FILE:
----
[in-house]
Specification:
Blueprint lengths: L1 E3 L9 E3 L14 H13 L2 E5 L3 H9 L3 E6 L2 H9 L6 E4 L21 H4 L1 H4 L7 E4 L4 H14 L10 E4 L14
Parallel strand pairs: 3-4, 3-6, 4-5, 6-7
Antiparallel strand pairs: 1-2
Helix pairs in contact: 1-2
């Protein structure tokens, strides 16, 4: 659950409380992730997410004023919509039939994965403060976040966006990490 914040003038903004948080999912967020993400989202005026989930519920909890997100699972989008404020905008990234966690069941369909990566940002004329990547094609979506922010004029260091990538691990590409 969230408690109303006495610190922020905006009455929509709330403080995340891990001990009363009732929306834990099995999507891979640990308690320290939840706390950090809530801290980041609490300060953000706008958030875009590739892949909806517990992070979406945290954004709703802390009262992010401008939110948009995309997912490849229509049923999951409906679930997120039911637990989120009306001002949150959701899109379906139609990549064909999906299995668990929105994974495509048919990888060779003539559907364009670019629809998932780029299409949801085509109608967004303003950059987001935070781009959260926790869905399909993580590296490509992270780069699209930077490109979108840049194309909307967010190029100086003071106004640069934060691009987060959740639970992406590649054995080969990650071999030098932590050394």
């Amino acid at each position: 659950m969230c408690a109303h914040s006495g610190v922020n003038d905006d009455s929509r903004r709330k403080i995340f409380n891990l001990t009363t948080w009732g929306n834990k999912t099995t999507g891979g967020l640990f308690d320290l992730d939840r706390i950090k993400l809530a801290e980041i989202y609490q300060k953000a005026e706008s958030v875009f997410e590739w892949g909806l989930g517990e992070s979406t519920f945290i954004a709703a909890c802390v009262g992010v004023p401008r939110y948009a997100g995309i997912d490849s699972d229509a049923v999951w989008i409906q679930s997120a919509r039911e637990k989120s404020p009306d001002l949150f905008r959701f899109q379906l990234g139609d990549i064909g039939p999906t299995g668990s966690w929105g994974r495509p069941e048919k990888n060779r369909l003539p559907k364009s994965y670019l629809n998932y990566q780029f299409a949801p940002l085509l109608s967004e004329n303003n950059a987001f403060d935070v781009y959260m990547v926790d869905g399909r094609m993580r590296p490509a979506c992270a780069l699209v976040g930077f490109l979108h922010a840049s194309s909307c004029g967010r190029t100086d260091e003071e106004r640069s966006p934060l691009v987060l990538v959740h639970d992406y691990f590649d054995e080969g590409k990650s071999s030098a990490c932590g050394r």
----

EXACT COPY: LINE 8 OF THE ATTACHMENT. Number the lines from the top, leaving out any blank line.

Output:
């Amino acid at each position: 659950m969230c408690a109303h914040s006495g610190v922020n003038d905006d009455s929509r903004r709330k403080i995340f409380n891990l001990t009363t948080w009732g929306n834990k999912t099995t999507g891979g967020l640990f308690d320290l992730d939840r706390i950090k993400l809530a801290e980041i989202y609490q300060k953000a005026e706008s958030v875009f997410e590739w892949g909806l989930g517990e992070s979406t519920f945290i954004a709703a909890c802390v009262g992010v004023p401008r939110y948009a997100g995309i997912d490849s699972d229509a049923v999951w989008i409906q679930s997120a919509r039911e637990k989120s404020p009306d001002l949150f905008r959701f899109q379906l990234g139609d990549i064909g039939p999906t299995g668990s966690w929105g994974r495509p069941e048919k990888n060779r369909l003539p559907k364009s994965y670019l629809n998932y990566q780029f299409a949801p940002l085509l109608s967004e004329n303003n950059a987001f403060d935070v781009y959260m990547v926790d869905g399909r094609m993580r590296p490509a979506c992270a780069l699209v976040g930077f490109l979108h922010a840049s194309s909307c004029g967010r190029t100086d260091e003071e106004r640069s966006p934060l691009v987060l990538v959740h639970d992406y691990f590649d054995e080969g590409k990650s071999s030098a990490c932590g050394r």